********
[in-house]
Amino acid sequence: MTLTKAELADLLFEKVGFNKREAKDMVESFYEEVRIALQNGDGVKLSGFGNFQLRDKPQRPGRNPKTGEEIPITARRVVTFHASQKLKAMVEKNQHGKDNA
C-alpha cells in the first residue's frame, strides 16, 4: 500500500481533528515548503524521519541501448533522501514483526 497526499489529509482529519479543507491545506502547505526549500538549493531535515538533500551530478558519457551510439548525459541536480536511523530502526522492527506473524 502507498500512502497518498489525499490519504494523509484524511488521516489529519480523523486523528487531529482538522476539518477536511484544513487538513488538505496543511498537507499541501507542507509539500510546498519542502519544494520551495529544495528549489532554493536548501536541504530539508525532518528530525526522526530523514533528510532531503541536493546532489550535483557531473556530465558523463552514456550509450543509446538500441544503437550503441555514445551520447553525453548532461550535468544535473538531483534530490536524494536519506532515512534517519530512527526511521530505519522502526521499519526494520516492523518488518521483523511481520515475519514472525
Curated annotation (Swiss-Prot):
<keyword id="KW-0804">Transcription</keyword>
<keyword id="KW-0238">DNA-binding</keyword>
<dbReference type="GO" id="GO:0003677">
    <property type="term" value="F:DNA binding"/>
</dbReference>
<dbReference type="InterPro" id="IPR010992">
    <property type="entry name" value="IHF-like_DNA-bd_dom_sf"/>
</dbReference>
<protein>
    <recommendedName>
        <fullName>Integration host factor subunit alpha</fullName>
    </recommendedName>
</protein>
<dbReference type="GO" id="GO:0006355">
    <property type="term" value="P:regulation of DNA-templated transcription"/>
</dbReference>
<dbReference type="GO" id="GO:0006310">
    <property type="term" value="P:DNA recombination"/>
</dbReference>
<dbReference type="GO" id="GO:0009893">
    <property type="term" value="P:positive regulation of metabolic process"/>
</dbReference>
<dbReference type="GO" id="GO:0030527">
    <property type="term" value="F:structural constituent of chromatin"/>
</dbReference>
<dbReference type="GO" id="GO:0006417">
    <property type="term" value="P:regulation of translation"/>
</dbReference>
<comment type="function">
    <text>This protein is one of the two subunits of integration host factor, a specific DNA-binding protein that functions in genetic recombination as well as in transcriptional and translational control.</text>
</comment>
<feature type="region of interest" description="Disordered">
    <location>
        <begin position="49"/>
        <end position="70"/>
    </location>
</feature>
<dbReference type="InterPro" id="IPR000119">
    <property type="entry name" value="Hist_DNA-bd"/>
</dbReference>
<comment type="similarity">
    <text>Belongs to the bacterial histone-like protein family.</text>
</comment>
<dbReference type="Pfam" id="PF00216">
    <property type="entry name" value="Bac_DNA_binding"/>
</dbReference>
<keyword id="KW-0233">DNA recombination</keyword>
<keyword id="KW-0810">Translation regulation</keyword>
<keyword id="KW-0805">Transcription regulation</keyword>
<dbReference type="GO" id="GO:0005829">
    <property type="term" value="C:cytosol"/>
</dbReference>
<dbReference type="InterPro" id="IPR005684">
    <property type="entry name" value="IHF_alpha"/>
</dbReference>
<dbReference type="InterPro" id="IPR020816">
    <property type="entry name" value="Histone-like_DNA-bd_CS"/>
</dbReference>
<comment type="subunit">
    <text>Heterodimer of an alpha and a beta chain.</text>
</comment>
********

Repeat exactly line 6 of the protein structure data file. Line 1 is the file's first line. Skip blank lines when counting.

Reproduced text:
<keyword id="KW-0238">DNA-binding</keyword>